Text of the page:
He explained when he saw the confused look, that when they open the bull up, the smell would draw in bears from up to a mile away, that were downwind like a dinner bell. I then started to actually "hunt" bear from my spot, as it made 100% sense, I knew it actually was important once he said that, as it was kind of grown up around us with trees and vegetation. He said he has cleaned moose before by himself, and that it is quite unnerving especially as you cant move them into an open area to clean them. So you have to clean right where dropped, and look around constantly and be quiet doing so to try to hear as well. Not to mention he would lean his 375 Ruger right on the moose as well as his 357 Colt Python on his chest holster (as pictured  in the camp pics). He mentioned one last thing that would have sounded a bit far fetched to many but not me, and that was that the bear actually in that area (16A) were accustomed to hearing the rifle shot and come towards it, associating it with a meal---as in downed game.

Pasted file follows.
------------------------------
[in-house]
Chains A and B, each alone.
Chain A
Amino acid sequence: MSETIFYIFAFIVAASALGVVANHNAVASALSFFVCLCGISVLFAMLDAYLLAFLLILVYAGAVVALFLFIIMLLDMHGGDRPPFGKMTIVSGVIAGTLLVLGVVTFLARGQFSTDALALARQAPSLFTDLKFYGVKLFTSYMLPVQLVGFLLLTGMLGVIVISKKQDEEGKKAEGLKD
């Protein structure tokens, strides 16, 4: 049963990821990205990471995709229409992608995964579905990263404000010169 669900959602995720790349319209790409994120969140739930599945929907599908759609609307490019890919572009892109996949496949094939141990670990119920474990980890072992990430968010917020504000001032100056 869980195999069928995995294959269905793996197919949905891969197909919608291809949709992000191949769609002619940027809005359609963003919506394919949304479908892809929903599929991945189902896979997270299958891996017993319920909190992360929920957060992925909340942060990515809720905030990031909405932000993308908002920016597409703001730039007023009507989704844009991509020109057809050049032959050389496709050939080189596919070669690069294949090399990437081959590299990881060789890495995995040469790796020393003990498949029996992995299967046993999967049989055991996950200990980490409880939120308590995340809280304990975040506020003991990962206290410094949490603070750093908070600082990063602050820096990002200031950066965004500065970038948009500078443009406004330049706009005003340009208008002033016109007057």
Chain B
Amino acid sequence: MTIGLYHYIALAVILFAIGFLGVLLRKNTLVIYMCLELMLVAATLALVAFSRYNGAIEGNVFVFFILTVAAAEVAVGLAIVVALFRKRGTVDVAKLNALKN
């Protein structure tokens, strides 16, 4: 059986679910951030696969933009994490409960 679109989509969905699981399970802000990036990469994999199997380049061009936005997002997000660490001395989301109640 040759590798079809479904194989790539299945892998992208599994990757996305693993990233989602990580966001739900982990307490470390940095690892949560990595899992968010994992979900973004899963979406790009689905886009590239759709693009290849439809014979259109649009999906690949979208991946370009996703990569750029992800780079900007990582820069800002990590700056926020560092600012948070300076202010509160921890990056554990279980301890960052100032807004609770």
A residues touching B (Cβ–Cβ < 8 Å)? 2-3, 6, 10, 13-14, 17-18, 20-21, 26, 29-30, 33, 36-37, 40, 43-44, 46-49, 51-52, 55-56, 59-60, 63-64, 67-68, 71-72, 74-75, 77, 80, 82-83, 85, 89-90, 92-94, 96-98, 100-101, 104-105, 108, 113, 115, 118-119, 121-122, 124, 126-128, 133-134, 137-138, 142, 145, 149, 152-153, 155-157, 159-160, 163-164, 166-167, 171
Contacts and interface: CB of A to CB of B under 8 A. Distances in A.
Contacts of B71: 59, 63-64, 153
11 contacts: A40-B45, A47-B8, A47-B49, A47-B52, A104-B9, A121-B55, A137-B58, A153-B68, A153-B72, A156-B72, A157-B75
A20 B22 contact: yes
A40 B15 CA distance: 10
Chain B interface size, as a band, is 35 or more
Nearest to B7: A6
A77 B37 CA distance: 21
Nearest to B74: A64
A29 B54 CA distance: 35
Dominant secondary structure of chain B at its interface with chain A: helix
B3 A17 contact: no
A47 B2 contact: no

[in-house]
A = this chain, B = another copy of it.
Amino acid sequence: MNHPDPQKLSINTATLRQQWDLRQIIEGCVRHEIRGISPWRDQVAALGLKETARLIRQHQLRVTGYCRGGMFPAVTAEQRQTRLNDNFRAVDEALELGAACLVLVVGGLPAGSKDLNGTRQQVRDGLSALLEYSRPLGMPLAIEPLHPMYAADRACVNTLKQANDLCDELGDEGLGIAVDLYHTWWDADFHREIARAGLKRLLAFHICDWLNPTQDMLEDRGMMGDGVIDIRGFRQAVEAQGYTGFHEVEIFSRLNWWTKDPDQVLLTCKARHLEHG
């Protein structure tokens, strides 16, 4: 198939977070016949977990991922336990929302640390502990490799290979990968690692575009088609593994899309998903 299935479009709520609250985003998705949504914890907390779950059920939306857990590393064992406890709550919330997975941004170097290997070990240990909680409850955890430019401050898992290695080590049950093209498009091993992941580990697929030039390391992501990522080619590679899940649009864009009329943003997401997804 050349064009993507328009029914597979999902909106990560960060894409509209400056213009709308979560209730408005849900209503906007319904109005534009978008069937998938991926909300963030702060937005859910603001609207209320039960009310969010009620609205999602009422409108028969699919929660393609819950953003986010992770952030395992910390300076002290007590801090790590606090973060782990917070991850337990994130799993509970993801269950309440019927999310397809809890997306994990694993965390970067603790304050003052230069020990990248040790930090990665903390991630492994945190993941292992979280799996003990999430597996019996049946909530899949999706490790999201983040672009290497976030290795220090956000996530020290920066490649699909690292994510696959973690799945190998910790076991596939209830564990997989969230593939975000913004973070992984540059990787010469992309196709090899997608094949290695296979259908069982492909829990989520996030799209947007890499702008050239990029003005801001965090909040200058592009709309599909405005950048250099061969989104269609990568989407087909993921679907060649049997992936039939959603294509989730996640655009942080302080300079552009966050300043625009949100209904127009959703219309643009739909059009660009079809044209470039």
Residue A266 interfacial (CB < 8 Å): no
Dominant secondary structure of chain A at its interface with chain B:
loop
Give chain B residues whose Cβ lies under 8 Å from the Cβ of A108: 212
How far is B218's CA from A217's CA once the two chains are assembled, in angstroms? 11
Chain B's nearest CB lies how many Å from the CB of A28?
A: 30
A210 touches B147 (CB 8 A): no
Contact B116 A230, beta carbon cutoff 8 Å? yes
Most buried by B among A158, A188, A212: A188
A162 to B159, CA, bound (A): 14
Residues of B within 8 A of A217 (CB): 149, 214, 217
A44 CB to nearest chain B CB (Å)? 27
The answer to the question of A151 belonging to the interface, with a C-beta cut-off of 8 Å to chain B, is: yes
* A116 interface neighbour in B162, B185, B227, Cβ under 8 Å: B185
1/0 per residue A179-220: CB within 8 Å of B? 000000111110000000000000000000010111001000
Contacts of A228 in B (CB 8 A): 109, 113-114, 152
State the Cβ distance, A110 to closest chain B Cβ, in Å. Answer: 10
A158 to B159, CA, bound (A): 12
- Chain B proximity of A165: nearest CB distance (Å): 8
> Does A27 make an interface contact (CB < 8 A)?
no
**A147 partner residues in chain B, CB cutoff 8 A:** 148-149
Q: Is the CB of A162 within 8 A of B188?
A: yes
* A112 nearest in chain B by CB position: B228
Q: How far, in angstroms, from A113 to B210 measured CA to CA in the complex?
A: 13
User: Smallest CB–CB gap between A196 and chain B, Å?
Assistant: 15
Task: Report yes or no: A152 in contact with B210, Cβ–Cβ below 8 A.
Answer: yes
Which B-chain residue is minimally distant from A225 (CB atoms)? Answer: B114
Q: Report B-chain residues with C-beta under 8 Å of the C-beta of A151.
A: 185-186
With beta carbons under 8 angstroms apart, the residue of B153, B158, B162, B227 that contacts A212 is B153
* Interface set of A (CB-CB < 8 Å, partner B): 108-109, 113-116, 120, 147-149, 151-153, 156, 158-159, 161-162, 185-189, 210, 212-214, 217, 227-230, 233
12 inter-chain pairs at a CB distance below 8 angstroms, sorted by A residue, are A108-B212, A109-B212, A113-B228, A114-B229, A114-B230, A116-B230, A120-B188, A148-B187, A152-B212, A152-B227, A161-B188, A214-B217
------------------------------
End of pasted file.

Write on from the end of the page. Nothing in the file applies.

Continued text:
BTW, either you shot that right there or had a ton of help getting it loaded and moved there intact---so which is it LOL


A man convinced against his will is NOT convinced.
Speak FACT, not conviction.

A politician is a fellow who will lay down YOUR life for his country.

The beauty of the Second Amendment is that it will not be needed until they
try to take it.

-- Thomas Jefferson

#26 akiceman25

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Posted 12 October 2016 - 08:33 PM

I shot that bull from my front porch wearing my pj's and house slippers. This was after spending 13 days in moose camp and getting skunked. Go figure..

Here's a video posted last week of a bear stealing a guys deer on Kodiak island. The initial shot is definitely a dinner bell in the coastal regions. It's not so common in interior Alaska.

https://youtu.be/27J2wxn2syU

#27 Antlerz22

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Posted 12 October 2016 - 08:55 PM

I shot that bull from my front porch wearing my pj's and house slippers. This was after spending 13 days in moose camp and getting skunked. Go figure..